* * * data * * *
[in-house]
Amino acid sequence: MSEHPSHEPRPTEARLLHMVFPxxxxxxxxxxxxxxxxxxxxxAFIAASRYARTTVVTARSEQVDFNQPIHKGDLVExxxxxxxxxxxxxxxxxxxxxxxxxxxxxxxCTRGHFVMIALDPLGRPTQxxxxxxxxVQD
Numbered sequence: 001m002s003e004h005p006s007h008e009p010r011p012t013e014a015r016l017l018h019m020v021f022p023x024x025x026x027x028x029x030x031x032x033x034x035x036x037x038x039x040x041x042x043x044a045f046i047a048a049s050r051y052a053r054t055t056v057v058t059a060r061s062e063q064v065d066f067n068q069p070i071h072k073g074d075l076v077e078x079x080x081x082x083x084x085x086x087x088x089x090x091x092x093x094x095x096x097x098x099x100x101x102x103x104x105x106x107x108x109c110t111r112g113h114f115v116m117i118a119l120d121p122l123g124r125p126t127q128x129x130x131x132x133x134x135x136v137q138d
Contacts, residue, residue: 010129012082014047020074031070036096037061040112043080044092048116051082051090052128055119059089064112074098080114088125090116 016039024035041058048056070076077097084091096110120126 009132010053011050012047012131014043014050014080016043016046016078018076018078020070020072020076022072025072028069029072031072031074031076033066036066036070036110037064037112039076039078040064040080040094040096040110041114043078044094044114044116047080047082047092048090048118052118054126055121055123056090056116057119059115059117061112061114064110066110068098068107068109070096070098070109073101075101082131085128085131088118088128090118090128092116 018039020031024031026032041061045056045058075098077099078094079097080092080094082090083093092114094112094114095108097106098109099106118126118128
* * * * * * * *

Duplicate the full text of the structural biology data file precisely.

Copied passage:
[in-house]
Amino acid sequence: MSEHPSHEPRPTEARLLHMVFPxxxxxxxxxxxxxxxxxxxxxAFIAASRYARTTVVTARSEQVDFNQPIHKGDLVExxxxxxxxxxxxxxxxxxxxxxxxxxxxxxxCTRGHFVMIALDPLGRPTQxxxxxxxxVQD
Numbered sequence: 001m002s003e004h005p006s007h008e009p010r011p012t013e014a015r016l017l018h019m020v021f022p023x024x025x026x027x028x029x030x031x032x033x034x035x036x037x038x039x040x041x042x043x044a045f046i047a048a049s050r051y052a053r054t055t056v057v058t059a060r061s062e063q064v065d066f067n068q069p070i071h072k073g074d075l076v077e078x079x080x081x082x083x084x085x086x087x088x089x090x091x092x093x094x095x096x097x098x099x100x101x102x103x104x105x106x107x108x109c110t111r112g113h114f115v116m117i118a119l120d121p122l123g124r125p126t127q128x129x130x131x132x133x134x135x136v137q138d
Contacts, residue, residue: 010129012082014047020074031070036096037061040112043080044092048116051082051090052128055119059089064112074098080114088125090116 016039024035041058048056070076077097084091096110120126 009132010053011050012047012131014043014050014080016043016046016078018076018078020070020072020076022072025072028069029072031072031074031076033066036066036070036110037064037112039076039078040064040080040094040096040110041114043078044094044114044116047080047082047092048090048118052118054126055121055123056090056116057119059115059117061112061114064110066110068098068107068109070096070098070109073101075101082131085128085131088118088128090118090128092116 018039020031024031026032041061045056045058075098077099078094079097080092080094082090083093092114094112094114095108097106098109099106118126118128